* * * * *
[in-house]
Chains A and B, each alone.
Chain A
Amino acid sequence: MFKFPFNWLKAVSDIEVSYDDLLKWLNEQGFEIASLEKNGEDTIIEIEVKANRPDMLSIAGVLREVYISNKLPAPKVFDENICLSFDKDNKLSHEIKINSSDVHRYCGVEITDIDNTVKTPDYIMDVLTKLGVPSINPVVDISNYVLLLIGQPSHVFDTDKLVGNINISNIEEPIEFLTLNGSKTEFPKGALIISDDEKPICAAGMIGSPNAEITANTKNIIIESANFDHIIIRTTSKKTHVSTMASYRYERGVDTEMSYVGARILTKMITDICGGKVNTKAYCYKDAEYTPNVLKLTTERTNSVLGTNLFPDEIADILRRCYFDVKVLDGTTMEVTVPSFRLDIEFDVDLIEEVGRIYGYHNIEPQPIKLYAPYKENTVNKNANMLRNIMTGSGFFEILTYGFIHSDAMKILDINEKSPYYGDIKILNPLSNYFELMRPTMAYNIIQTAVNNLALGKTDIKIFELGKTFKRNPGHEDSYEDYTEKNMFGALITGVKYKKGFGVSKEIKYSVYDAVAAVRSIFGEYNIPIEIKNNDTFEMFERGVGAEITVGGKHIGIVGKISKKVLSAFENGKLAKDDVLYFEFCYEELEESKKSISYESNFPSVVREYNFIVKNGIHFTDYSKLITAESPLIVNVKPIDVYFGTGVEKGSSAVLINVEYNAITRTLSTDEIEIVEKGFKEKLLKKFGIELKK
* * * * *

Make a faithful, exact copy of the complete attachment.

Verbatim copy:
[in-house]
Chains A and B, each alone.
Chain A
Amino acid sequence: MFKFPFNWLKAVSDIEVSYDDLLKWLNEQGFEIASLEKNGEDTIIEIEVKANRPDMLSIAGVLREVYISNKLPAPKVFDENICLSFDKDNKLSHEIKINSSDVHRYCGVEITDIDNTVKTPDYIMDVLTKLGVPSINPVVDISNYVLLLIGQPSHVFDTDKLVGNINISNIEEPIEFLTLNGSKTEFPKGALIISDDEKPICAAGMIGSPNAEITANTKNIIIESANFDHIIIRTTSKKTHVSTMASYRYERGVDTEMSYVGARILTKMITDICGGKVNTKAYCYKDAEYTPNVLKLTTERTNSVLGTNLFPDEIADILRRCYFDVKVLDGTTMEVTVPSFRLDIEFDVDLIEEVGRIYGYHNIEPQPIKLYAPYKENTVNKNANMLRNIMTGSGFFEILTYGFIHSDAMKILDINEKSPYYGDIKILNPLSNYFELMRPTMAYNIIQTAVNNLALGKTDIKIFELGKTFKRNPGHEDSYEDYTEKNMFGALITGVKYKKGFGVSKEIKYSVYDAVAAVRSIFGEYNIPIEIKNNDTFEMFERGVGAEITVGGKHIGIVGKISKKVLSAFENGKLAKDDVLYFEFCYEELEESKKSISYESNFPSVVREYNFIVKNGIHFTDYSKLITAESPLIVNVKPIDVYFGTGVEKGSSAVLINVEYNAITRTLSTDEIEIVEKGFKEKLLKKFGIELKK